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For technical reasons, "Yellow #5" redirects here. For that title, see Yellow No. 5 (disambiguation)
The word yellow is from the Old English geolu, geolwe (oblique case), meaning "yellow, and yellowish", derived from the Proto-Germanic word gelwaz "yellow". It has the same Indo-European base, gel-, as the words gold and yell; gÊ°el- means both bright and gleaming, and to cry out.
Yellow is found between green and orange on the spectrum of visible light. It is the color the human eye sees when it looks at light with a dominant wavelength between 570 and 590 nanometers.
Complements of yellow have a dominant wavelength in the range 380 to 480 nm. The green lines show several possible pairs of complementary colors with respect to different blackbody color temperature neutrals, illustrated by the "Planckian locus".
Traditionally, the complementary color of yellow is purple; the two colors are opposite each other on the color wheel long used by painters.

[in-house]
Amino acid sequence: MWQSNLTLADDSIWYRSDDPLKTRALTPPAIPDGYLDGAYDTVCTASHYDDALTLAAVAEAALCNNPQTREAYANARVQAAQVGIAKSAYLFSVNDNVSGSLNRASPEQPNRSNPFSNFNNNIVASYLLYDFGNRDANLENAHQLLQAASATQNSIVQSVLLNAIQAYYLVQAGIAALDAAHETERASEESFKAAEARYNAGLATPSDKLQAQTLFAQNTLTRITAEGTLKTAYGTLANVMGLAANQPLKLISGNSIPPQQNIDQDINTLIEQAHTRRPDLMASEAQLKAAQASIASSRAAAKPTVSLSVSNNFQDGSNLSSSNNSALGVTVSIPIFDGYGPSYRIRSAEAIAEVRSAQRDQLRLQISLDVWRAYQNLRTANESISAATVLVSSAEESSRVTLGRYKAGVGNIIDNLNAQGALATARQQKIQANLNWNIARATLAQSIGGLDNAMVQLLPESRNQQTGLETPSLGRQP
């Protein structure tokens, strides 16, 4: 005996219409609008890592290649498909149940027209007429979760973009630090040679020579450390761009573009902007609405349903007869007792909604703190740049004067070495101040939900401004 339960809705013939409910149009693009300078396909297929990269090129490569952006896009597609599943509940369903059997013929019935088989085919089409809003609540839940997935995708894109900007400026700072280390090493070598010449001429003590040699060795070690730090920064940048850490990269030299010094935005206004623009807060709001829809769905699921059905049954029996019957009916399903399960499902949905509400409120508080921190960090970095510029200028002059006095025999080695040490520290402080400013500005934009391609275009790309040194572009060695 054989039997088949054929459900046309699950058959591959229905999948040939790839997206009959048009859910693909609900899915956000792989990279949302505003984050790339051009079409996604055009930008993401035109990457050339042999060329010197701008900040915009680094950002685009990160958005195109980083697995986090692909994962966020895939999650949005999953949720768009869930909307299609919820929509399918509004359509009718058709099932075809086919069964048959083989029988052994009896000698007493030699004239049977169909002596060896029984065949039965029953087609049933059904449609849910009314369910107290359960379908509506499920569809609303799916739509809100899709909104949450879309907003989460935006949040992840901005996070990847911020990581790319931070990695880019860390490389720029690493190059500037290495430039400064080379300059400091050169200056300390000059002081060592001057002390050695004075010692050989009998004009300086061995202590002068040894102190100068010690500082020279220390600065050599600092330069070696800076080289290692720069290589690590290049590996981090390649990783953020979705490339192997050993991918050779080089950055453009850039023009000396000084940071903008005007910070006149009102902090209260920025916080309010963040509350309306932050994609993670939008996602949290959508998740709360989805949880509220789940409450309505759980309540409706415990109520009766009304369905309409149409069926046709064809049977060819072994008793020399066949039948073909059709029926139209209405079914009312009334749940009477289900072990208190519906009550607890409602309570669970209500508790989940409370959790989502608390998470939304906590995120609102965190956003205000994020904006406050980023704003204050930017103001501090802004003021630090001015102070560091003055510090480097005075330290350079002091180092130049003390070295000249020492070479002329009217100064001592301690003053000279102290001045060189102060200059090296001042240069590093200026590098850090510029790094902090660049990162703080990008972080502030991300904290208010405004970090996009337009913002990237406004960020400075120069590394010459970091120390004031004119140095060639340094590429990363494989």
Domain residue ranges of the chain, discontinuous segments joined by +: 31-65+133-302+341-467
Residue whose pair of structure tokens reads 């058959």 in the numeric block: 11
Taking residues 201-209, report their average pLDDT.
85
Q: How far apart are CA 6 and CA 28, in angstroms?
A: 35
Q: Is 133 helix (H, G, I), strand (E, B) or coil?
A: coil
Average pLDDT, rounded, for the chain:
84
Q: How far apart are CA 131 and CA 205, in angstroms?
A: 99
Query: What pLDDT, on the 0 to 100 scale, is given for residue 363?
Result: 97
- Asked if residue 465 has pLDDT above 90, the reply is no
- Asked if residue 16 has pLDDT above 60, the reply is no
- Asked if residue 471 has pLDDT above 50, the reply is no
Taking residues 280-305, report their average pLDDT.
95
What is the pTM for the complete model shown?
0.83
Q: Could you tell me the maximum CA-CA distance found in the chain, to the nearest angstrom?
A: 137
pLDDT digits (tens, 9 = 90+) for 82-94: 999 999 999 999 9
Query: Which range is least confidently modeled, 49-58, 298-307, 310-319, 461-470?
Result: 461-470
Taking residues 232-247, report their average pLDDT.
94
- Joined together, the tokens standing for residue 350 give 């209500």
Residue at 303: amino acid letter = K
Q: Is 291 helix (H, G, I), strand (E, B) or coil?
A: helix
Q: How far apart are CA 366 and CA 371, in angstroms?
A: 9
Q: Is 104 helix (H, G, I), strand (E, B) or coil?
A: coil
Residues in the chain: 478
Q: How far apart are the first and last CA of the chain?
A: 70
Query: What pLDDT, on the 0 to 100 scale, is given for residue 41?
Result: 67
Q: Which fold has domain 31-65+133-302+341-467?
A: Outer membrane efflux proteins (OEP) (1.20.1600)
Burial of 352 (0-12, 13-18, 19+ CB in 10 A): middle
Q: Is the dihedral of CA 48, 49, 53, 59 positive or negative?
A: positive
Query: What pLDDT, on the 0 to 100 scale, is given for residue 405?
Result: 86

That is, when two colored lights can be mixed to match a specified white (achromatic, non-colored) light, the colors of those two lights are complementary. This definition, however, does not constrain what version of white will be specified. In the nineteenth century, the scientists Grassmann and Helmholtz did experiments in which they concluded that finding a good complement for spectral yellow was difficult, but that the result was indigo, that is, a wavelength that today's color scientists would call violet or purple. Helmholtz says "Yellow and indigo blue" are complements